Evolution of technology use in human resource management

Technological changes that took place in the last decades, with the advent of the computer and Internet, have had a considerable impact on the labor world. Indeed, they have contributed not only to process automation, but also to the appearance of new ways of work organization (e.g., telework). These changes forced organizations to adapt to a new reality. Particularly in what concerns HRM, they lead to changes in how to develop, among others, the recruitment, selection, training, and performance appraisal processes.

Until the 1960s, HRM processes were developed manually, but with the advent of new information and communication technologies, automated systems started arising, making it easier to perform HRM administrative tasks (e.g., workers' data record, wage processing) (DeSanctis, 1986; Stone & Dulebohn, 2013).

Later, in the 1980s, these automated systems evolved into software solutions that allowed HR departments to realize different tasks, namely, training, performance appraisal, information record/control about candidates to job offers, and reports development to top management, among others. These new systems were first named human resource information systems (HRIS) (Stone & Dulebohn, 2013). They are "information systems used to acquire, store, manipulate, analyze, retrieve, and distribute pertinent information regarding an organization's human resources" (Kavanagh, Gueutal, & Tannenbaum, 1990, quoted by Stone & Dulebohn, 2013). They are also systems directed, exclusively, to HR professionals (Marler & Fisher, 2013; Ruel, Bondarouk, & Looise, 2004; Strohmeier, 2007).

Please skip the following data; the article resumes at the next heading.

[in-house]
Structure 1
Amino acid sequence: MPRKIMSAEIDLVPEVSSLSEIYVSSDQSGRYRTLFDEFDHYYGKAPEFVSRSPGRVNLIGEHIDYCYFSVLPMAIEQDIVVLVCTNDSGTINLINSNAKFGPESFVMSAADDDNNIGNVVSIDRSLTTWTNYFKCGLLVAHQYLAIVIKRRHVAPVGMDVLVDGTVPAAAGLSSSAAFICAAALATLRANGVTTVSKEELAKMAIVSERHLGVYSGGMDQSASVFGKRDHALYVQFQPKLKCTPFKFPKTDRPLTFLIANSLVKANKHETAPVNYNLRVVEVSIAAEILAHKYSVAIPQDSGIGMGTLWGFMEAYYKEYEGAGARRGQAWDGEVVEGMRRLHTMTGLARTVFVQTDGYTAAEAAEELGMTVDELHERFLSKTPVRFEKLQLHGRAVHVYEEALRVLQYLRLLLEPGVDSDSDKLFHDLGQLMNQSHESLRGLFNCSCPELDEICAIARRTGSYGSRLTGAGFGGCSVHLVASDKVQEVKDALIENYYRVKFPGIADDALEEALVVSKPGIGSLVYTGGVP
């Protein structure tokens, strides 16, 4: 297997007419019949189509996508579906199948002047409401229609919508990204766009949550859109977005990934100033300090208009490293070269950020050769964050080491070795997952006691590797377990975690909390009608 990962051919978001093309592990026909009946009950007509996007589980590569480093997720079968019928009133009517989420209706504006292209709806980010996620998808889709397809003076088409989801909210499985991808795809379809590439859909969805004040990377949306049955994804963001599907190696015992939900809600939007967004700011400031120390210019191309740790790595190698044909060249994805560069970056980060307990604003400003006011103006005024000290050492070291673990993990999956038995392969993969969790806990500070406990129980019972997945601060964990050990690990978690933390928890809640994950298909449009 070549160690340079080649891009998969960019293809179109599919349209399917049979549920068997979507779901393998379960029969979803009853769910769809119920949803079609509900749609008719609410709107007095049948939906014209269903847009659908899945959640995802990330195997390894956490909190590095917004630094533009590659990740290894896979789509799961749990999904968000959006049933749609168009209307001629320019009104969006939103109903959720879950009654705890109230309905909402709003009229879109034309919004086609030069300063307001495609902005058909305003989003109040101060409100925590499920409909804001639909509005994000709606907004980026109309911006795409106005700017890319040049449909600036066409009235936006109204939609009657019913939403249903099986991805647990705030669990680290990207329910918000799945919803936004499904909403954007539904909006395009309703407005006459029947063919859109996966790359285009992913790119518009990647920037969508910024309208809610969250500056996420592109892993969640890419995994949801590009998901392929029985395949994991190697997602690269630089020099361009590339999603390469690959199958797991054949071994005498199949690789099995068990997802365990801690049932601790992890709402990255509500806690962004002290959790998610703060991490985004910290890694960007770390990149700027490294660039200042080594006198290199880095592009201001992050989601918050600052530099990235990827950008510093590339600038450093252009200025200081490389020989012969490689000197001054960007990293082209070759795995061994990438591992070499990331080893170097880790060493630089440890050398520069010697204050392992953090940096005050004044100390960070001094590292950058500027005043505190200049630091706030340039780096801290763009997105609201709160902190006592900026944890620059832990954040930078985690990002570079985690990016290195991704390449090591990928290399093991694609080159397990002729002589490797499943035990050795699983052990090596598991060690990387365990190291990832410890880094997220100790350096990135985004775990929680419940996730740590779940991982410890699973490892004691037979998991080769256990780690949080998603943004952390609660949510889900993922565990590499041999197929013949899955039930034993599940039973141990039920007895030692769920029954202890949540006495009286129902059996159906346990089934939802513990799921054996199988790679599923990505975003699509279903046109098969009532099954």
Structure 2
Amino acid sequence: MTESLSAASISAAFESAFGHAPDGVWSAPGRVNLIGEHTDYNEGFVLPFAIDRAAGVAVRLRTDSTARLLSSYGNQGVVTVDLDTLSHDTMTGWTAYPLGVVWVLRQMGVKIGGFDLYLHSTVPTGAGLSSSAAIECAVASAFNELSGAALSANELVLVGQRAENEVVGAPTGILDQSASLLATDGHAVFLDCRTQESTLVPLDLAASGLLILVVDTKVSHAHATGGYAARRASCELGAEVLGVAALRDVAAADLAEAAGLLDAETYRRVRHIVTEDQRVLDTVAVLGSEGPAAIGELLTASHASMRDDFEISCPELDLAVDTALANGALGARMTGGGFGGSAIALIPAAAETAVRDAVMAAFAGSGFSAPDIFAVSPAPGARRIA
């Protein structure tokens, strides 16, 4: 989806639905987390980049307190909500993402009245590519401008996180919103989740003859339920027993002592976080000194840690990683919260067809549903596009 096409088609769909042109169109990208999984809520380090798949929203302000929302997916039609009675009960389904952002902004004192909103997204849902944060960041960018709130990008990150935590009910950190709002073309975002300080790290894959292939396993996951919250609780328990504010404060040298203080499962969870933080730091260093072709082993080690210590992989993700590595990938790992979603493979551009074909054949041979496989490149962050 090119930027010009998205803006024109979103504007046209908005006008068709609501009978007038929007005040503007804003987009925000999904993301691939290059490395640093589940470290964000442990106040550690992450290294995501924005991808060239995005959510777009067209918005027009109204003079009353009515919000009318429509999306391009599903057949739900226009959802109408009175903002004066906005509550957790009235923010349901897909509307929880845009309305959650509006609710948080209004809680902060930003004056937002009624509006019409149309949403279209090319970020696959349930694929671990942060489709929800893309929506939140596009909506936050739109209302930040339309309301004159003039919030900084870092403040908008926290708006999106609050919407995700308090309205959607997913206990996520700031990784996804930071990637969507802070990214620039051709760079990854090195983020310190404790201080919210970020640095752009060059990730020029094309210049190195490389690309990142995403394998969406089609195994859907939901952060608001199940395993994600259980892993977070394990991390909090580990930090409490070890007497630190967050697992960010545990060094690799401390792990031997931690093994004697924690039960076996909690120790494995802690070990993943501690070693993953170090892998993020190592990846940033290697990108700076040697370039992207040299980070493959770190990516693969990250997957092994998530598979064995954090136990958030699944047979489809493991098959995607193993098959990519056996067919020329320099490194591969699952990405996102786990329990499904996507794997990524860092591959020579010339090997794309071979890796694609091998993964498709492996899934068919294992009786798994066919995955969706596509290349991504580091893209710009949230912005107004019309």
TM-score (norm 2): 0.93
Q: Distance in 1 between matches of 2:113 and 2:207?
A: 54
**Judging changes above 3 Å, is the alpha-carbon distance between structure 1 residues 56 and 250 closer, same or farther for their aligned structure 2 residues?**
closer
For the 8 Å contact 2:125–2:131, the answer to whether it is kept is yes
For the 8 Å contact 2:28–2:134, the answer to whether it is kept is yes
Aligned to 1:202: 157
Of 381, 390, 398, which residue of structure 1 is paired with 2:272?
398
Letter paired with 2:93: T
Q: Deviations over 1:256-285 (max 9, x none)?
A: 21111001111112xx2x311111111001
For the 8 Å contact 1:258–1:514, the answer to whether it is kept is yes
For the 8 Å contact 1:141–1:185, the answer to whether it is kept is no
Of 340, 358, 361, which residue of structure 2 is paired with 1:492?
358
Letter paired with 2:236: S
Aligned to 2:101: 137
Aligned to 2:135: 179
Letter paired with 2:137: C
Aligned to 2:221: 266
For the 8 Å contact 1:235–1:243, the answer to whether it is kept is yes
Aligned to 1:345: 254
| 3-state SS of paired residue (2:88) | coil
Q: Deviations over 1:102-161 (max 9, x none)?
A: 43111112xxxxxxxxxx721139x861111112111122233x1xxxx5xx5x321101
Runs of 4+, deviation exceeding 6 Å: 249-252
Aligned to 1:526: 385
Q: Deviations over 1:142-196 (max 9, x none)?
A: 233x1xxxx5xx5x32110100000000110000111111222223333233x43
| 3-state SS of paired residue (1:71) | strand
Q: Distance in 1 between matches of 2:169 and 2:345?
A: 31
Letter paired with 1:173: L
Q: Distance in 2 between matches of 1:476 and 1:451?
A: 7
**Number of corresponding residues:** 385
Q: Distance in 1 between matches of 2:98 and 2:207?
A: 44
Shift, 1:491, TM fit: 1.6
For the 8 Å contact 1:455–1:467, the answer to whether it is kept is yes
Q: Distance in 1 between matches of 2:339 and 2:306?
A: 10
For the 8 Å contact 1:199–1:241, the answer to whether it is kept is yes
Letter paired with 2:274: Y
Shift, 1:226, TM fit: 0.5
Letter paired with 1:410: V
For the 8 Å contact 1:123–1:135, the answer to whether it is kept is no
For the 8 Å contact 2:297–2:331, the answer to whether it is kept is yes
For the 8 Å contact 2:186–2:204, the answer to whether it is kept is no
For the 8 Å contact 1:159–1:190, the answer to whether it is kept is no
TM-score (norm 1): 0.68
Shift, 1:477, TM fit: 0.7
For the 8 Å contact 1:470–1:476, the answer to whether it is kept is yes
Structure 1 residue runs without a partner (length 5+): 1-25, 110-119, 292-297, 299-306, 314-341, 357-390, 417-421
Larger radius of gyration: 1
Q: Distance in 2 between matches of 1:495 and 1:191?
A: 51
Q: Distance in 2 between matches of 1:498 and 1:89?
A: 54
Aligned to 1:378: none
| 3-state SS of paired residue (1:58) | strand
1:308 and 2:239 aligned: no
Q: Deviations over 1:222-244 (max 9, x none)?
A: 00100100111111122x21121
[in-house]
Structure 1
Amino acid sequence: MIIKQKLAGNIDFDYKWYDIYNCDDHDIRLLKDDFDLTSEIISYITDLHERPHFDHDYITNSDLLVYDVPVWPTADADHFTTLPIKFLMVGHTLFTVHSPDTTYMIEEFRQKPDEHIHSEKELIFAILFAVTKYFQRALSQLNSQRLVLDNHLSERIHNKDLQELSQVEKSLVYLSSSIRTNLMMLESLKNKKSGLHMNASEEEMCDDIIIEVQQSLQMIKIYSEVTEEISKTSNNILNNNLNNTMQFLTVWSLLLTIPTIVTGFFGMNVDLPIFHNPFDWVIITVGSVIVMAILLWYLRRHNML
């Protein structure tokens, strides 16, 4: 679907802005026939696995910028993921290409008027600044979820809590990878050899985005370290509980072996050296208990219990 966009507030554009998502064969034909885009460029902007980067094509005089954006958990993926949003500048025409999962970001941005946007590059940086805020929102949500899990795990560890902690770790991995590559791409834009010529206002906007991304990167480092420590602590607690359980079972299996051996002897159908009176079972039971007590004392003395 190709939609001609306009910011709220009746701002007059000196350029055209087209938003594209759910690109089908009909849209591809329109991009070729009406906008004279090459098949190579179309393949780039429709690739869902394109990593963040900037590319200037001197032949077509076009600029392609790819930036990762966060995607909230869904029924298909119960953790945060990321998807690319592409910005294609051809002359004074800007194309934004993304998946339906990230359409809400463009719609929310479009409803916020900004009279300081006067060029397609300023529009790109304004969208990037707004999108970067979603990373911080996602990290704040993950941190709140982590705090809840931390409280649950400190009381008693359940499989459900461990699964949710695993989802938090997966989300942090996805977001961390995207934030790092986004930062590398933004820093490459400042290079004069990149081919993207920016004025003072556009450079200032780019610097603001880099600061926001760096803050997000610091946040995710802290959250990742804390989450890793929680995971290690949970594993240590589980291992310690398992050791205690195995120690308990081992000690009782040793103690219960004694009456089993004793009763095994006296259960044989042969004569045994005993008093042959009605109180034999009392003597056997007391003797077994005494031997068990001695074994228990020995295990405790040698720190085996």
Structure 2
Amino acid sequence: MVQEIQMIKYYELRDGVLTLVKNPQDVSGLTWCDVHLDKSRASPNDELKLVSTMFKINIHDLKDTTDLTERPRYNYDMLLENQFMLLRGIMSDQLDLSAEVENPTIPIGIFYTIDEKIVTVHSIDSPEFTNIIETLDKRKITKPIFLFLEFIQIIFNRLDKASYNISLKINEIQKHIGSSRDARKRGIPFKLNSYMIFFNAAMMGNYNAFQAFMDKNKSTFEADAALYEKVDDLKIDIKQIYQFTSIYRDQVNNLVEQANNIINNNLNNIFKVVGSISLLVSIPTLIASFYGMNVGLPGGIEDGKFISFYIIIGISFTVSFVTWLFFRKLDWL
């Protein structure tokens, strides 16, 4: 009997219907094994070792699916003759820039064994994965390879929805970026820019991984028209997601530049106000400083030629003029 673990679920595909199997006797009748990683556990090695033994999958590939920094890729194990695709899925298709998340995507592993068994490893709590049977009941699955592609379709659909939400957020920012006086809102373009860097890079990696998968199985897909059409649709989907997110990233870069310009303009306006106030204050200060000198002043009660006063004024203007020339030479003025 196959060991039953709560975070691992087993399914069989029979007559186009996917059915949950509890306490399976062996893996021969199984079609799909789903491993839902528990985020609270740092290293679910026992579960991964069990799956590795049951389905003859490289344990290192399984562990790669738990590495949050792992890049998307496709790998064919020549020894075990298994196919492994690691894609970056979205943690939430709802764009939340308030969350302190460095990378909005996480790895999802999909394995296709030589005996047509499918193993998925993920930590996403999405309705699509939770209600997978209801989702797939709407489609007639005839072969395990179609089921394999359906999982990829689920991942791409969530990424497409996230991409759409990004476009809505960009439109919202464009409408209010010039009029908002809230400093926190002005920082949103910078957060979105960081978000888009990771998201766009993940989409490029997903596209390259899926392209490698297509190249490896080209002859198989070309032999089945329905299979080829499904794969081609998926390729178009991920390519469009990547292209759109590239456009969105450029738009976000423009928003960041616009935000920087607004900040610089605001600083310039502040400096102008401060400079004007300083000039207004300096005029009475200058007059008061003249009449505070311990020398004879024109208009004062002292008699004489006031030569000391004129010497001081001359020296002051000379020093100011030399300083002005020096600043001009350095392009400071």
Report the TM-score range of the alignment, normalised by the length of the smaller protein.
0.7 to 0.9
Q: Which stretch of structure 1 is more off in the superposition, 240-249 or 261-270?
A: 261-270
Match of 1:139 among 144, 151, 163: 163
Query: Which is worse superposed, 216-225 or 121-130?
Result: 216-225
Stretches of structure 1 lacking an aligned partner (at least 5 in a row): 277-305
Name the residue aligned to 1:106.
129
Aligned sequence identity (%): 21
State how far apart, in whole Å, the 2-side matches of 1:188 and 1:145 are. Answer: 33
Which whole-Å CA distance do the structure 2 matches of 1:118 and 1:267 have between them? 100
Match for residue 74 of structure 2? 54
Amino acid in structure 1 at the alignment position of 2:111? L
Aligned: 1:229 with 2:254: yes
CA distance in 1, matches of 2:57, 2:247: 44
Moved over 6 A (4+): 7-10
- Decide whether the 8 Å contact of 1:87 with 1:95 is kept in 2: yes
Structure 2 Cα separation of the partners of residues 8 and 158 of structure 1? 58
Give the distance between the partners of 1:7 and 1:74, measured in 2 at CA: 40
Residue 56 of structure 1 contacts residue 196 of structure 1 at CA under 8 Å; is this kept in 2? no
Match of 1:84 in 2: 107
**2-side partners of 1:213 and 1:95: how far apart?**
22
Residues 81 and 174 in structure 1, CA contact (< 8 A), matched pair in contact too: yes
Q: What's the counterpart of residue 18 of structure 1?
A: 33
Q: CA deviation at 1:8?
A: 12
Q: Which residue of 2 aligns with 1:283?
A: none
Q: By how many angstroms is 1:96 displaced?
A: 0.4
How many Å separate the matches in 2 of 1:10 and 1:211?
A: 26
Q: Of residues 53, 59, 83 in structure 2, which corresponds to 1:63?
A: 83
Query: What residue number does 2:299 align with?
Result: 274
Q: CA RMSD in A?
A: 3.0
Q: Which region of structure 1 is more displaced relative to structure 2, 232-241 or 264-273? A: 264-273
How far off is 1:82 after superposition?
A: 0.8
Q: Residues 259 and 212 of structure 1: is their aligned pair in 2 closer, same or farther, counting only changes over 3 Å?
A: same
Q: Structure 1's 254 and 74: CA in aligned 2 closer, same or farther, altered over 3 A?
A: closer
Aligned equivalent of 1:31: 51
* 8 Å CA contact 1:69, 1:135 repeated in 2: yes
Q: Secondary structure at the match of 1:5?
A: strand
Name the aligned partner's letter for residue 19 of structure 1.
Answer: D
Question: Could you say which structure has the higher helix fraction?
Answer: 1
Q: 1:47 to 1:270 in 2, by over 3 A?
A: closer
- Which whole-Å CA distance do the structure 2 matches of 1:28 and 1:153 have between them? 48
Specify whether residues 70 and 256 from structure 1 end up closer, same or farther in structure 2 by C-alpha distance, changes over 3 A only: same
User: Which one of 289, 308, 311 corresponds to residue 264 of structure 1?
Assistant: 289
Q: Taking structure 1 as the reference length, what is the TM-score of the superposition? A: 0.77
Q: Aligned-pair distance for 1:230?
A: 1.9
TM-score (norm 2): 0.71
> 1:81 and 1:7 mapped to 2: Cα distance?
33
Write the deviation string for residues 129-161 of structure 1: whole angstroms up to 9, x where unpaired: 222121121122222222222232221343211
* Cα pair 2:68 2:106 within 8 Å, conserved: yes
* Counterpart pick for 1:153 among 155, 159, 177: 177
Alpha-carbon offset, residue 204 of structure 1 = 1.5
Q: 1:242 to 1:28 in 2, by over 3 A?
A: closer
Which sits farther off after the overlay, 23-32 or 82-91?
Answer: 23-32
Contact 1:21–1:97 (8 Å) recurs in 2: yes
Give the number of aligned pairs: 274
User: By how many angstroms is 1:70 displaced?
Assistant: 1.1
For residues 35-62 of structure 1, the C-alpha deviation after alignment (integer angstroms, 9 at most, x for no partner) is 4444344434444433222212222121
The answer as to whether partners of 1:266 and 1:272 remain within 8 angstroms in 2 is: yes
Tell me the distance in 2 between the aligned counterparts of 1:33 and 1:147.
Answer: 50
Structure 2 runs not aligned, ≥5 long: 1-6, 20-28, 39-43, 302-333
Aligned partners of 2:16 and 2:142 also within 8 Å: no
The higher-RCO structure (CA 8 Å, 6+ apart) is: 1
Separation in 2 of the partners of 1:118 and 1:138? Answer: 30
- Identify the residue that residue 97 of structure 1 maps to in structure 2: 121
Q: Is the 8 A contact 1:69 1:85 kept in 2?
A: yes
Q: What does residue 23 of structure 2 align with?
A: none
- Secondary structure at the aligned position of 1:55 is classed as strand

It was at the end of the 1980s and the beginning of the 1990s that access (to consult and edit) to these databases by HR professionals, as well as by other organization members (e.g., top management, line managers, workers in general), from their workplace, was made possible by HR database installation in central servers attached to the local area network (LAN) or wide area network (WAN), with the appearance of the Internet (Stone & Dulebohn, 2013).

Later, with the appearance of the Internet, this database access became possible anywhere, even outside the organization. Moreover, organizations began to use the Internet to interact with their external stakeholders, for example, through online recruitment systems that allow people from any city in the world to apply to these organizations' job offers. Since then, the designation "electronic human resource management (e-HRM)" has been used to refer specifically to HR electronic systems that focus not only on HR professionals (as with HRIS) but all internal and external stakeholders (Lengnick-Hall & Mortiz, 2003; Marler & Fisher, 2013; Ruel et al., 2004; Stone & Dulebohn, 2013; Strohmeier, 2007).